It won‘t be the Rugby World Cup – we‘ll be right in the middle of it (it kicks off on the 8th of September ) – but it will be the biggest international French polo tournament ever seen in France: the 23rd Open de France will welcome 18 polo teams from the 1st to the 17th of September!
And that‘s not all: together with the French Polo Federation, the club will also be offering 3 other tournaments during this period: the Trophée du Capitaine des Jeux (level 0-4), the Trophée Castel (6-8) and the Women’s Open de France (women‘s handicap 12-16). In all, some 1400 horses will be housed on the Ferme d‘Apremont site. To accommodate them, 840 demountable stables have been added to the permanent ones. To look after these four-legged athletes, some 250 petiseros (or grooms) will be on hand.
In addition to the 18 Open teams, 32 others will compete in the aforementioned further tournaments, 50 teams in all, or some 200 players (slightly fewer, as some will play several tournaments at a time) representing 15 nations: Argentina, Austria, Belgium, England, France, Germany, Italy, Luxembourg, Poland, Portugal, Spain, Sweden, Switzerland, USA!
Competitors will include 14 of the world‘s top 40, players who qualified for the Argentine Open, including a former winner of this “Wimbledon of polo”, Nico Pieres, and 3 of the top 4 female players, including world No. 1, England‘s Nina Clarkin.
A legendary name in Chantilly
Antonio Heguy will join the Kazak team. This name of Basque origin is more than famous in the world of polo. Antonio is named after his great-grandfather, who was the first of the Heguy dynasty to win the legendary Argentine Open in 1958, alongside his eldest son, Horacio. The current Antonio‘s grandfather, Alberto-Pedro, and his uncle, Horacio, went on to dominate the Argentine Open for over 20 years, losing only four times between 1959 and 1981.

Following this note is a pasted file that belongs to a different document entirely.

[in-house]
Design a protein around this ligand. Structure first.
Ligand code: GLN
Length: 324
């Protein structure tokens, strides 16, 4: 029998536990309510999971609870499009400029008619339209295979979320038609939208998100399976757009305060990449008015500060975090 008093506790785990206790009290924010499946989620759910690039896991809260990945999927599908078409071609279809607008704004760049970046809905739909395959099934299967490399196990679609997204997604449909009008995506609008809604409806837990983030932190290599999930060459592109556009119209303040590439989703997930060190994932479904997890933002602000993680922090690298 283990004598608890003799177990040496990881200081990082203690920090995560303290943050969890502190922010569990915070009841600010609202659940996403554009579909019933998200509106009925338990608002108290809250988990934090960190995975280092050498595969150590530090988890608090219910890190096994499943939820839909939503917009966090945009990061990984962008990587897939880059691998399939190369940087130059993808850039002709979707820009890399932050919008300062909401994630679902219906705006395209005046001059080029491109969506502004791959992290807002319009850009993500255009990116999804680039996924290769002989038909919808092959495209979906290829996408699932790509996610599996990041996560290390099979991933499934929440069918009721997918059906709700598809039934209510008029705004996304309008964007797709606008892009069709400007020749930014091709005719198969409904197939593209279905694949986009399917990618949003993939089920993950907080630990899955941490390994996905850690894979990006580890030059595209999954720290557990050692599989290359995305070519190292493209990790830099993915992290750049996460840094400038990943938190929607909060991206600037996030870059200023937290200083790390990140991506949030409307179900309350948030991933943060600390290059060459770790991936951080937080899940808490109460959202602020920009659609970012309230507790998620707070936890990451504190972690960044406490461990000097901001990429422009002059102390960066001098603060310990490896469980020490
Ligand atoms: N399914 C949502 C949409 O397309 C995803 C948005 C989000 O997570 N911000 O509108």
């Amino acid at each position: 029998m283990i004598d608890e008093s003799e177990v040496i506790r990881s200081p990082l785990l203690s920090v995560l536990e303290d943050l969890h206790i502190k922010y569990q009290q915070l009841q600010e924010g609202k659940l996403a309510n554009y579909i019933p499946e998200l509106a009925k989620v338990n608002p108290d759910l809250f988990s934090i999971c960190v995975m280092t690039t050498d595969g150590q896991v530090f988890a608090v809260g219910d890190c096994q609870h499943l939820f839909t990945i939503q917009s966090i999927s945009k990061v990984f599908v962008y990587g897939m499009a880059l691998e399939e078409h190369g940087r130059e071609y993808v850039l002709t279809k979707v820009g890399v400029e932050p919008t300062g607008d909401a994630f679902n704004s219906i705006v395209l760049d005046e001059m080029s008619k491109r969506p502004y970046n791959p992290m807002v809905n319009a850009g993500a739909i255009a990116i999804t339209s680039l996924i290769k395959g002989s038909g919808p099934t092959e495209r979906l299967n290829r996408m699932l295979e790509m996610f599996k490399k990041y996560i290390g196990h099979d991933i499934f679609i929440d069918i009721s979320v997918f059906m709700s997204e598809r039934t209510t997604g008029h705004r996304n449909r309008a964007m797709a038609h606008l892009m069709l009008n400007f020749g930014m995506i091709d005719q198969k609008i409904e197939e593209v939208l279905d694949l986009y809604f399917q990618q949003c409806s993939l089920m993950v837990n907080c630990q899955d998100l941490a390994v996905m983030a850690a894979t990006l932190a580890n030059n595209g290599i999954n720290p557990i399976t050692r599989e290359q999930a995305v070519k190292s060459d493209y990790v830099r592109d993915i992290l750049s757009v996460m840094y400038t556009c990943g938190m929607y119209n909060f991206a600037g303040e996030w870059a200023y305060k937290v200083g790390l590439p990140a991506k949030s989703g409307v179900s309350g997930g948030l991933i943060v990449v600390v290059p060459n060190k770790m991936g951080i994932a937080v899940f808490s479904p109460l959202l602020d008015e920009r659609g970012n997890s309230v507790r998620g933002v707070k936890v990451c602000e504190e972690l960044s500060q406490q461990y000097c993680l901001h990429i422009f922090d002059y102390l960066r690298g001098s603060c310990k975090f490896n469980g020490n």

After a short break, the next generation took the reins in 1989 with Horacito, Gonzalo (who died in 2000) and Marcos, with a first victory in Palermo with the Indios Chapaleufù I team before Bautista joined them.
From 1991 to 2004, this generation would lose just five times, alternating with cousins from Indios Chapaleufù II, whose striker was Pepe Heguy, Antonio‘s father, alongside Duardo and Igancio. Incredible „genetics“, since of the fifty or so 10-goalers produced by Argentine polo since the beginning of the 20th century, 9 bore the Heguy name! In 1986, 1992, 1993 and 1995, the Indios Chapaleufù I had a total handicap of 40 goals*, four brothers with a handicap* of 10, a unique fact in the history of the sport! Antonio Heguy, who we will be seeing in Chantilly, is only 20 years old, he is a 5-goaler, and perhaps one day, with his cousins Cruz Heguy and Rufino Bensadon (h7 also present in Chantilly), they will put together another great Indios Chapaleufù team?
But back to Chantilly where some 122 games will be played on the club‘s 8 fields, with occasionally 12 matches a day. All are open access! There will be games every day of the week, as well as festive days, notably on the day of the finals, September 17th, when a village of exhibitors and food-trucks will welcome the general public.
* For the record, the handicap is the value of the player established by the handicap commission of his country. A beginner is rated at -2, while the world‘s top pros are rated at 10. There are currently 7 handicaps 10 in the world, 6 Argentinians and 1 Uruguayan; 14 handicaps 9 and 20 handicaps 8. The two best French players are currently 6-goalers, whereas the brothers Stéphane and Lionel Macaire were 8-goalers in their day (80s-90s). The total handicaps of a team‘s players constitute the team‘s valuation (16 goals for the Open de France).
© RB Presse